Spanish influenza in France from 1918-1920

The Spanish flu, also known as the 1918 flu pandemic, was an unusually deadly influenza pandemic. Lasting from January 1918 to December 1920, it infected 500 million people – about a quarter of the world’s population at the time. The death toll is estimated to have been anywhere from 17 million to 50 million, and possibly as high as 100 million, making it one of the deadliest pandemics in human history. 
The virus allegedly came from the United States of America with the American forces which landed in the western harbors of France and probably with Indochina’s troops or Chinese workers hired in the French factories. The disease spread in three waves from April 1918 to February 1919. The second wave was the most severe in September, October and November. Half of the dead occurred among the 20-40 old people as the older people were more disease-resistant. Lethal forms were due to respiratory complications which often killed in a few days. 
The government did to preventive measures that were unequally applied as the treatment could be only symptomatic. The reactions of people were astonishingly cautions probably because the papers were ordered not to deal with the epidemic as long as the war lasted for.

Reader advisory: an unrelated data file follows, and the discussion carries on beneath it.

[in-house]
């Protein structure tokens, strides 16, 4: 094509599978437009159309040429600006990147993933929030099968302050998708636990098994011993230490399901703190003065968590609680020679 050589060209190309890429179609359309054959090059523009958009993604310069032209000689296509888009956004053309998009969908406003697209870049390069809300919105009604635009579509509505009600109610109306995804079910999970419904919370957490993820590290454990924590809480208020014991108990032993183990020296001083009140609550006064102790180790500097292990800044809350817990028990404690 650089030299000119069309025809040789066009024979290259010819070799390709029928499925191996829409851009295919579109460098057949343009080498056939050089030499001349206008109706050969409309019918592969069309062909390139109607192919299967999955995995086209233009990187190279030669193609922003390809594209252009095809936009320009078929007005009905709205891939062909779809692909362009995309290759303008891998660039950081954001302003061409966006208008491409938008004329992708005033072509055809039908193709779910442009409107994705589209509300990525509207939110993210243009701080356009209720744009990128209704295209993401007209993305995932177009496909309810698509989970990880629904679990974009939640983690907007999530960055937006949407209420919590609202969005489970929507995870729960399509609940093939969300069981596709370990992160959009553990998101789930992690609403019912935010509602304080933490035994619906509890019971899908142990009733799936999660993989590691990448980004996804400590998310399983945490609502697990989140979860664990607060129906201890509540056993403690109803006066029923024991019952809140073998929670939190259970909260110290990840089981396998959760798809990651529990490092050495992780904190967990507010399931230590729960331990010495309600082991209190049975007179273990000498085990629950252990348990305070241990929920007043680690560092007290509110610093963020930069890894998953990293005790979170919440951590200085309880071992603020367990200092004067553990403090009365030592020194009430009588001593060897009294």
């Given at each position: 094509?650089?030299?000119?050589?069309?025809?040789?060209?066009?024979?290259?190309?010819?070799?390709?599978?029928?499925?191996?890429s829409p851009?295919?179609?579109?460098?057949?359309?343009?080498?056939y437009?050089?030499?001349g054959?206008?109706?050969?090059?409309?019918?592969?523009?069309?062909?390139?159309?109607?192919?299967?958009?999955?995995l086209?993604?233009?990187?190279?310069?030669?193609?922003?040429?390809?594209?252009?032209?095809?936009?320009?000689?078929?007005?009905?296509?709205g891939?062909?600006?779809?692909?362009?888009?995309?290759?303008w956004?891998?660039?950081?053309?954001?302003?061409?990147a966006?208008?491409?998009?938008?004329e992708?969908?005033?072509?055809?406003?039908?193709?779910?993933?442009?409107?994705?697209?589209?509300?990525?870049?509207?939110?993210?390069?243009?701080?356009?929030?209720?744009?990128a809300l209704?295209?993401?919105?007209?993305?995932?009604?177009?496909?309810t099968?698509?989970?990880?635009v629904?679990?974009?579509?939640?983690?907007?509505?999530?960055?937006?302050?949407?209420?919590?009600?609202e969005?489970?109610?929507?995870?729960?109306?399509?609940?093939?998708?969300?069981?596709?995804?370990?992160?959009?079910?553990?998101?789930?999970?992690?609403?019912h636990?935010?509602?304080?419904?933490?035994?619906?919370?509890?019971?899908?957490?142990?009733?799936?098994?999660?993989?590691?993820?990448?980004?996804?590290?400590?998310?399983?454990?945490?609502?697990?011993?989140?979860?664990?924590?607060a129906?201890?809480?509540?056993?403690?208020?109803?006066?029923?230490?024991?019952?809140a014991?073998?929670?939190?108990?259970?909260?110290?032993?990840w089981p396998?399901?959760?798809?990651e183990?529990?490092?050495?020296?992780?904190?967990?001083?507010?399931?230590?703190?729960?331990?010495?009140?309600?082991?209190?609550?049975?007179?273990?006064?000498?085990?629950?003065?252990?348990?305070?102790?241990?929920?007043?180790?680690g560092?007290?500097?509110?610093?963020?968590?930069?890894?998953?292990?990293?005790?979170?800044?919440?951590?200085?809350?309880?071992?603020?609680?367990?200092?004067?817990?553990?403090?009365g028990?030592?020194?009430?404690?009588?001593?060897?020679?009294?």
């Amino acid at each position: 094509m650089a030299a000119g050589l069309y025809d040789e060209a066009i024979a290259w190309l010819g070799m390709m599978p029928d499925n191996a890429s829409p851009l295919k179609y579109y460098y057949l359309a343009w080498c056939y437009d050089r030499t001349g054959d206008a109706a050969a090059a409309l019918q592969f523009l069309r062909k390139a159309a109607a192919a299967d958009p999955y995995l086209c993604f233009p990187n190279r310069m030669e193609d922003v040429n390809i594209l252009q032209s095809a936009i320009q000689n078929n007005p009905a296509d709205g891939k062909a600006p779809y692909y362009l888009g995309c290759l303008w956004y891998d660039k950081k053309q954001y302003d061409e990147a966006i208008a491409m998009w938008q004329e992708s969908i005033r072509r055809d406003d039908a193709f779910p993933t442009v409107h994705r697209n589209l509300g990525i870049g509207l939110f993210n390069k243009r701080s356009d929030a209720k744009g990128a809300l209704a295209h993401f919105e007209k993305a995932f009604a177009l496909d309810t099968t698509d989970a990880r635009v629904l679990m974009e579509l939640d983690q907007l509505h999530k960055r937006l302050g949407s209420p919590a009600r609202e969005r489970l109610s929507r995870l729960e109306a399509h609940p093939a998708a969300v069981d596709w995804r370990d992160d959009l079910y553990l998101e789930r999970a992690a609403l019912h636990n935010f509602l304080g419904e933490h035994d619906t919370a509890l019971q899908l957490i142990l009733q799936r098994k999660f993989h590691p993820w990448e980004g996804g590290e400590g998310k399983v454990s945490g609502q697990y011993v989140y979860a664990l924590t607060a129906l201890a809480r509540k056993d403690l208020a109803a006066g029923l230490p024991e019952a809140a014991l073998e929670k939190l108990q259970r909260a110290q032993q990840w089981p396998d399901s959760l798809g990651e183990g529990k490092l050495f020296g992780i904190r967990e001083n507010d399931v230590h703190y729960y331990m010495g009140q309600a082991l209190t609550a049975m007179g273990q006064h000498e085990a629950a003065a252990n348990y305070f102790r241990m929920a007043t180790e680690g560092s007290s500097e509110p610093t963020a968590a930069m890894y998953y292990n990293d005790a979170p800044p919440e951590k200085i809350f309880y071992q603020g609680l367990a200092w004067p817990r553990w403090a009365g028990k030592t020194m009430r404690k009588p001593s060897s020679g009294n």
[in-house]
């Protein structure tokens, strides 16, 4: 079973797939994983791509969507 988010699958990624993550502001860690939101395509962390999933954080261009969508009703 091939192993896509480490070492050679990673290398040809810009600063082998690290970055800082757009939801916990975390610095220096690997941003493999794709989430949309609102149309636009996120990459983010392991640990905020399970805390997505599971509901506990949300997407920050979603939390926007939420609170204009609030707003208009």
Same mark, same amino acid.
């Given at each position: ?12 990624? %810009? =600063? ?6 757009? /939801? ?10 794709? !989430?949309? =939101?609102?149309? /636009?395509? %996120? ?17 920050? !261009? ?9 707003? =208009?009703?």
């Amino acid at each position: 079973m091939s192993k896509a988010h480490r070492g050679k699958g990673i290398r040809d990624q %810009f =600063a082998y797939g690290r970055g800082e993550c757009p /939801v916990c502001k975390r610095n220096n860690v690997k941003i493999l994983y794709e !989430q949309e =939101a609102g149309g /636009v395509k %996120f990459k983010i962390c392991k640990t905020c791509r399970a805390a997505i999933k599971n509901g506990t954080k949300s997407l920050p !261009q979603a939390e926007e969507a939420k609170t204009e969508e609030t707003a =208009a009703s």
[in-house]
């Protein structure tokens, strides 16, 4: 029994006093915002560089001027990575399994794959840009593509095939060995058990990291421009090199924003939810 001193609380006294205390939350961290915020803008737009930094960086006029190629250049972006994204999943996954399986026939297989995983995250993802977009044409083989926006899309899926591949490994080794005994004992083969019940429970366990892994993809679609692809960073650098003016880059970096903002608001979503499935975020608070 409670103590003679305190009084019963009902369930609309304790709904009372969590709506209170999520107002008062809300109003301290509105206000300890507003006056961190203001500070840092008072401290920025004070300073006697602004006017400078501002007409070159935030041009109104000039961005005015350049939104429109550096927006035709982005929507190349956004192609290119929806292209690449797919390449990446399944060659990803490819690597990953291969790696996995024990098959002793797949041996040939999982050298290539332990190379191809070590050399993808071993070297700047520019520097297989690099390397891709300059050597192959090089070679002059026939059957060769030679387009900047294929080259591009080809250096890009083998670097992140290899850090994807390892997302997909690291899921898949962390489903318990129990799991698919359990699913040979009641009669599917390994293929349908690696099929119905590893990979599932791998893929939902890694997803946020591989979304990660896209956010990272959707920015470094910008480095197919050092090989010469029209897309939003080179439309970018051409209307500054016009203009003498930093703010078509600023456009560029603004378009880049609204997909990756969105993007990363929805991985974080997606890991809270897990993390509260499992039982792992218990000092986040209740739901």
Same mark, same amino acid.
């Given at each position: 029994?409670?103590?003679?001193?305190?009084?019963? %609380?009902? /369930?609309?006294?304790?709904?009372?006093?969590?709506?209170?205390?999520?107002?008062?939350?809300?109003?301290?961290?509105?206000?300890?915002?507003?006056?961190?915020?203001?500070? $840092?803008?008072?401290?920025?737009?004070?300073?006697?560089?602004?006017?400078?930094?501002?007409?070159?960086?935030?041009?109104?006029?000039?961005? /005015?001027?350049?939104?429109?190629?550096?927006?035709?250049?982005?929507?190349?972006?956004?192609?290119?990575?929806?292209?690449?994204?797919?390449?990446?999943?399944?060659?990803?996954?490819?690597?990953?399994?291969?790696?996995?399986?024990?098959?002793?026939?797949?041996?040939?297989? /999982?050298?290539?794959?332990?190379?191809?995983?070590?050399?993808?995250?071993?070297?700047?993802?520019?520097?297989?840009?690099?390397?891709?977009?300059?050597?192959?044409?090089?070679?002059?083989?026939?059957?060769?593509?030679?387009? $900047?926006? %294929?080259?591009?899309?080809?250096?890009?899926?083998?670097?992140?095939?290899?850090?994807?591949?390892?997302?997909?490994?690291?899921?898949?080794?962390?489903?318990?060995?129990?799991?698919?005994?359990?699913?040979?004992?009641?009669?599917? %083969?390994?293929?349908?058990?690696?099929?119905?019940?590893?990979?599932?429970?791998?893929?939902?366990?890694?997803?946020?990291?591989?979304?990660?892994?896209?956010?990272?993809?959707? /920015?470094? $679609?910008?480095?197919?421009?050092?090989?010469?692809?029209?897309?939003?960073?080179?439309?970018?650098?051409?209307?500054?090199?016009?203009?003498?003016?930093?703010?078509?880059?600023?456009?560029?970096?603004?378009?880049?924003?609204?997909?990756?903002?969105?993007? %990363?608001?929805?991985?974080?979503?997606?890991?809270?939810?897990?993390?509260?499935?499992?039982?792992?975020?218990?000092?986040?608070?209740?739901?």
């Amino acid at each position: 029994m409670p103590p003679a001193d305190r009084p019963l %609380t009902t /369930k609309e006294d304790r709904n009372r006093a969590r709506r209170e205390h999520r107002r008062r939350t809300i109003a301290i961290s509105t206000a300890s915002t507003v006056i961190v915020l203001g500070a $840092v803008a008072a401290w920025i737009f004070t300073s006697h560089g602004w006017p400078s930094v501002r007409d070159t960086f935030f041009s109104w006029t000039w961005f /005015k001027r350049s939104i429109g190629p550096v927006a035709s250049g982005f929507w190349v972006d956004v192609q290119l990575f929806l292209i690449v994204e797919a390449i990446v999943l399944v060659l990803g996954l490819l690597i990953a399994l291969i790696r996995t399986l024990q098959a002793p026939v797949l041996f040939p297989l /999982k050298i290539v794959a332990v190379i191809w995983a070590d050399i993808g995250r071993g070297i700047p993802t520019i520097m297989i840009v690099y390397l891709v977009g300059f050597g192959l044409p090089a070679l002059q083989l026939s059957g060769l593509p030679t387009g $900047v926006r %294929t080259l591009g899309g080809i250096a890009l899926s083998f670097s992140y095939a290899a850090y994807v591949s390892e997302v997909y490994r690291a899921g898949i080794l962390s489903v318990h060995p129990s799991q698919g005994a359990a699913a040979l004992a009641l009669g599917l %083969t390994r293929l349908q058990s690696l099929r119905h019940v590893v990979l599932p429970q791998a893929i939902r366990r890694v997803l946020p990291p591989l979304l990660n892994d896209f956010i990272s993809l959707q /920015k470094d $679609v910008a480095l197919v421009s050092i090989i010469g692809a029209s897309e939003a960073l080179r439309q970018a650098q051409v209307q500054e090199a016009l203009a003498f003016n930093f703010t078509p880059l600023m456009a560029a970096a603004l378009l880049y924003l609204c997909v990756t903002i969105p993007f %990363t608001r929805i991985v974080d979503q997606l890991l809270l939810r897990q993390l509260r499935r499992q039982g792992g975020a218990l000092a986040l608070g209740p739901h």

Some new serological studies and molecular biology techniques led up to clarify the strain of the 1918 influenza virus without further understanding of its special virulence.
Despite its popular name, historical and epidemiological data cannot identify the geographic origin of the Spanish flu.
The origin of the “Spanish flu” name stems from the pandemic’s spread to Spain from France in November 1918. Spain was not involved in the war, having remained neutral, and had not imposed wartime censorship. Newspapers were therefore free to report the epidemic’s effects, such as the grave illness of King Alfonso XIII, and these widely spread stories created a false impression of Spain as especially hard hit.
Nearly a century after the Spanish flu struck in 1918–1920, health organizations moved away from naming epidemics after geographical places. More modern terms for this virus include the “1918 influenza pandemic,” the “1918 flu pandemic,” or variations of those.